Tanners, The Tannery

Ballinrobe Trades c 1780s

By Averil Staunton

Tanners processed animal skins and turned them into leather using an acid called tannin. Originally this was extracted from the bark of trees and other vegetable matter. We know there was one located in Ballinrobe as early as the end of the 1700s but not the original location.

Many types of skins were used, including cattle, lamb, pig, sheep, goat, deer and sometimes fish skins. The process involved three stages; first the skins were washed in a mixture of lime and water, which was followed by the tanner scraping off excess flesh and hair/fur from the skin with a two handled knife, being careful not to cut the skin. Later saltpetre and other products were used to preserve the skins. Finally crusting involved the drying and softening process for the variety of different finished products required.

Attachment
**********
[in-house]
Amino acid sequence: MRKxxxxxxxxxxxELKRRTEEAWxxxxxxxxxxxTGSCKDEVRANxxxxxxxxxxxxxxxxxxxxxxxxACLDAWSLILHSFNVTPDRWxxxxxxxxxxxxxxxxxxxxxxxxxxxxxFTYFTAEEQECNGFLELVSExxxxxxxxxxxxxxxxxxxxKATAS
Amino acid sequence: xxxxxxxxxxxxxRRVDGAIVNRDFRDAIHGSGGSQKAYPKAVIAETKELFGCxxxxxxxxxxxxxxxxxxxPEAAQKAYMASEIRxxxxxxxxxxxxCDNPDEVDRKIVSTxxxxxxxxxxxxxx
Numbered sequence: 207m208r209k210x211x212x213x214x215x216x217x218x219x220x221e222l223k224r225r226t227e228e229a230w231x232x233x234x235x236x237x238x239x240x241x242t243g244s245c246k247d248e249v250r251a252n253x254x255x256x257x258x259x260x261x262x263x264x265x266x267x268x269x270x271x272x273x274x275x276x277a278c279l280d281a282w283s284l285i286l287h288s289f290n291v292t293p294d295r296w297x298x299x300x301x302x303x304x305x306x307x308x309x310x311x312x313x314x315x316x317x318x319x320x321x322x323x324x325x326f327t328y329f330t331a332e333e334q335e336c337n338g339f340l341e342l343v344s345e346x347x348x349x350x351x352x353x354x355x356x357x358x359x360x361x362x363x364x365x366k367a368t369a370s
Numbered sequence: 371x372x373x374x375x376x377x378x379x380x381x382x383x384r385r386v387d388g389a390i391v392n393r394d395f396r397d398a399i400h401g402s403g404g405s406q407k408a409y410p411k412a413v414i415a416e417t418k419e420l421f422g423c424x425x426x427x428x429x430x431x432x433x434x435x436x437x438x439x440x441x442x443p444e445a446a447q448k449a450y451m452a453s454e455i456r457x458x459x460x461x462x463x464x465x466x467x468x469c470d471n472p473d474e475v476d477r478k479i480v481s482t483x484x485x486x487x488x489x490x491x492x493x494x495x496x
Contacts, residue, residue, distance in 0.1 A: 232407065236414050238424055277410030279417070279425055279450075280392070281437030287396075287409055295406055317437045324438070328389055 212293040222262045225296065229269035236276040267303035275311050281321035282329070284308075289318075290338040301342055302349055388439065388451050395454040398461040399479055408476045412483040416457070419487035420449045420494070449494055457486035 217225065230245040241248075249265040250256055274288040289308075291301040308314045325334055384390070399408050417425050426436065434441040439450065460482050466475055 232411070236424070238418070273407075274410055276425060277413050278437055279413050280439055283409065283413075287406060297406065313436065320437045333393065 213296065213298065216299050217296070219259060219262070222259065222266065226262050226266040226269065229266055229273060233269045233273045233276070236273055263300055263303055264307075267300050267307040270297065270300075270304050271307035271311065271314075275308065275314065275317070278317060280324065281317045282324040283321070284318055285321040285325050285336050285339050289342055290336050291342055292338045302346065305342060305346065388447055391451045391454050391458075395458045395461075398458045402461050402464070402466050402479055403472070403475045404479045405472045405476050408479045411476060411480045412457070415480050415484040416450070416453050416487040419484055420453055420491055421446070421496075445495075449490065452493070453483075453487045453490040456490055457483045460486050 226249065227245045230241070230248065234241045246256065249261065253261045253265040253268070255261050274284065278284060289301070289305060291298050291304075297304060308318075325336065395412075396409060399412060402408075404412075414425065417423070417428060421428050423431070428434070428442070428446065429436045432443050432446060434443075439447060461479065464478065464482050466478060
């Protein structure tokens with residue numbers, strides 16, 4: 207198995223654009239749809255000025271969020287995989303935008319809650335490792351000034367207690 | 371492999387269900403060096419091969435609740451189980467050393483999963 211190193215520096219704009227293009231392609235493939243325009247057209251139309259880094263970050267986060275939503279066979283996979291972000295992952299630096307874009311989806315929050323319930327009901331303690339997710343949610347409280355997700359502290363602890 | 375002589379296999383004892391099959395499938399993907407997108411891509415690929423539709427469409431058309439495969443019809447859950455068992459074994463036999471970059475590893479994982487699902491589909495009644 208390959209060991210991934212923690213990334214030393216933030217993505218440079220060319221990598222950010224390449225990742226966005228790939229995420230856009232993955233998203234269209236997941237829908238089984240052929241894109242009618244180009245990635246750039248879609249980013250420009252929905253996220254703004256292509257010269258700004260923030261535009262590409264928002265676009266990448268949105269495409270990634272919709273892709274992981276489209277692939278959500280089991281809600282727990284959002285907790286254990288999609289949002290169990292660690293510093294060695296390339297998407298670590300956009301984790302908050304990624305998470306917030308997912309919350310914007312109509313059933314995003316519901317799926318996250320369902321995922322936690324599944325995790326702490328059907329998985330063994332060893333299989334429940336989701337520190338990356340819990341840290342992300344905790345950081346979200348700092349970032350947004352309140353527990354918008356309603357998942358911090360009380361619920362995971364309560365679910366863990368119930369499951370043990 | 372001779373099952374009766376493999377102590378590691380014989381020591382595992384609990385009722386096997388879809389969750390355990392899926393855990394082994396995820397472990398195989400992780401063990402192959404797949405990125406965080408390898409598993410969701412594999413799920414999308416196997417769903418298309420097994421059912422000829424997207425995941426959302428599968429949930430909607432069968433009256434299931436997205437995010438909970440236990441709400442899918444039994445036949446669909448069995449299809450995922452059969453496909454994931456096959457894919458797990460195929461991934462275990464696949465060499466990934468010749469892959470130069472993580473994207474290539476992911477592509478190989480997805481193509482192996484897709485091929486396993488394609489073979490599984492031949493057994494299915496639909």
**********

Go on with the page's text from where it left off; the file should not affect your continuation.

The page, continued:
Leather was a very important commodity in Ballinrobe, which had two barracks and was used for many different products e.g. saddles, harnesses, belts, straps, shoes, boots, gloves, satchels, bags and clothing as it was a durable, waterproof and flexible material.

Photo: Illustrative image for the 'Tanners, The Tannery' page
This page was added by Averil Staunton on 15/02/2014.